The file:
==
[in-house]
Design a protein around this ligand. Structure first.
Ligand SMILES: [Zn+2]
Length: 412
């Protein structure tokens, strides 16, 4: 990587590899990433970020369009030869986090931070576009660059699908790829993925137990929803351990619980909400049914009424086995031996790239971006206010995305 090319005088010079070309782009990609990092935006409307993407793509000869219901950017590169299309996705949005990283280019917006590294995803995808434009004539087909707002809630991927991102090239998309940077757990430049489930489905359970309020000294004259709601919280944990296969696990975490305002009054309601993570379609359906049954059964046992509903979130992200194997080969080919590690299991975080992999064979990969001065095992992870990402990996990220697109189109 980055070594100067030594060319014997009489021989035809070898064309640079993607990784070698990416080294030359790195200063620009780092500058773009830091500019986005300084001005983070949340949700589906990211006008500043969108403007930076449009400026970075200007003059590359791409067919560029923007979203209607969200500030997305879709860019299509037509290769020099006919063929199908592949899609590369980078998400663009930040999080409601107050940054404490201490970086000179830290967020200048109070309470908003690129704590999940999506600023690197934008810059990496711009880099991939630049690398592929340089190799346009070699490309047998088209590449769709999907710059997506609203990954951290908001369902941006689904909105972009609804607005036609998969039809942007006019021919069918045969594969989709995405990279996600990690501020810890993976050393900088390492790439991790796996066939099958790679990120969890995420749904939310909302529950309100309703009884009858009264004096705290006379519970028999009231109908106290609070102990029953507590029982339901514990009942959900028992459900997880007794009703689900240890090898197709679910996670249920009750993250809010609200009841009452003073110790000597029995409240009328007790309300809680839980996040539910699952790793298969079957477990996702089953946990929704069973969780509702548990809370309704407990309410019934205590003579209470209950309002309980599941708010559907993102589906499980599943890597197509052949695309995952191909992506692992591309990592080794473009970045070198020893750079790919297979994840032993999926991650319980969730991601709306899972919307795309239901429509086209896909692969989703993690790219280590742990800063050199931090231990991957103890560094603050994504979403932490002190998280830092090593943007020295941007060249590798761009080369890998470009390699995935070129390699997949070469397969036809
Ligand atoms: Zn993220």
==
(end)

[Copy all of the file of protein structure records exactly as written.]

[in-house]
Design a protein around this ligand. Structure first.
Ligand SMILES: [Zn+2]
Length: 412
């Protein structure tokens, strides 16, 4: 990587590899990433970020369009030869986090931070576009660059699908790829993925137990929803351990619980909400049914009424086995031996790239971006206010995305 090319005088010079070309782009990609990092935006409307993407793509000869219901950017590169299309996705949005990283280019917006590294995803995808434009004539087909707002809630991927991102090239998309940077757990430049489930489905359970309020000294004259709601919280944990296969696990975490305002009054309601993570379609359906049954059964046992509903979130992200194997080969080919590690299991975080992999064979990969001065095992992870990402990996990220697109189109 980055070594100067030594060319014997009489021989035809070898064309640079993607990784070698990416080294030359790195200063620009780092500058773009830091500019986005300084001005983070949340949700589906990211006008500043969108403007930076449009400026970075200007003059590359791409067919560029923007979203209607969200500030997305879709860019299509037509290769020099006919063929199908592949899609590369980078998400663009930040999080409601107050940054404490201490970086000179830290967020200048109070309470908003690129704590999940999506600023690197934008810059990496711009880099991939630049690398592929340089190799346009070699490309047998088209590449769709999907710059997506609203990954951290908001369902941006689904909105972009609804607005036609998969039809942007006019021919069918045969594969989709995405990279996600990690501020810890993976050393900088390492790439991790796996066939099958790679990120969890995420749904939310909302529950309100309703009884009858009264004096705290006379519970028999009231109908106290609070102990029953507590029982339901514990009942959900028992459900997880007794009703689900240890090898197709679910996670249920009750993250809010609200009841009452003073110790000597029995409240009328007790309300809680839980996040539910699952790793298969079957477990996702089953946990929704069973969780509702548990809370309704407990309410019934205590003579209470209950309002309980599941708010559907993102589906499980599943890597197509052949695309995952191909992506692992591309990592080794473009970045070198020893750079790919297979994840032993999926991650319980969730991601709306899972919307795309239901429509086209896909692969989703993690790219280590742990800063050199931090231990991957103890560094603050994504979403932490002190998280830092090593943007020295941007060249590798761009080369890998470009390699995935070129390699997949070469397969036809
Ligand atoms: Zn993220």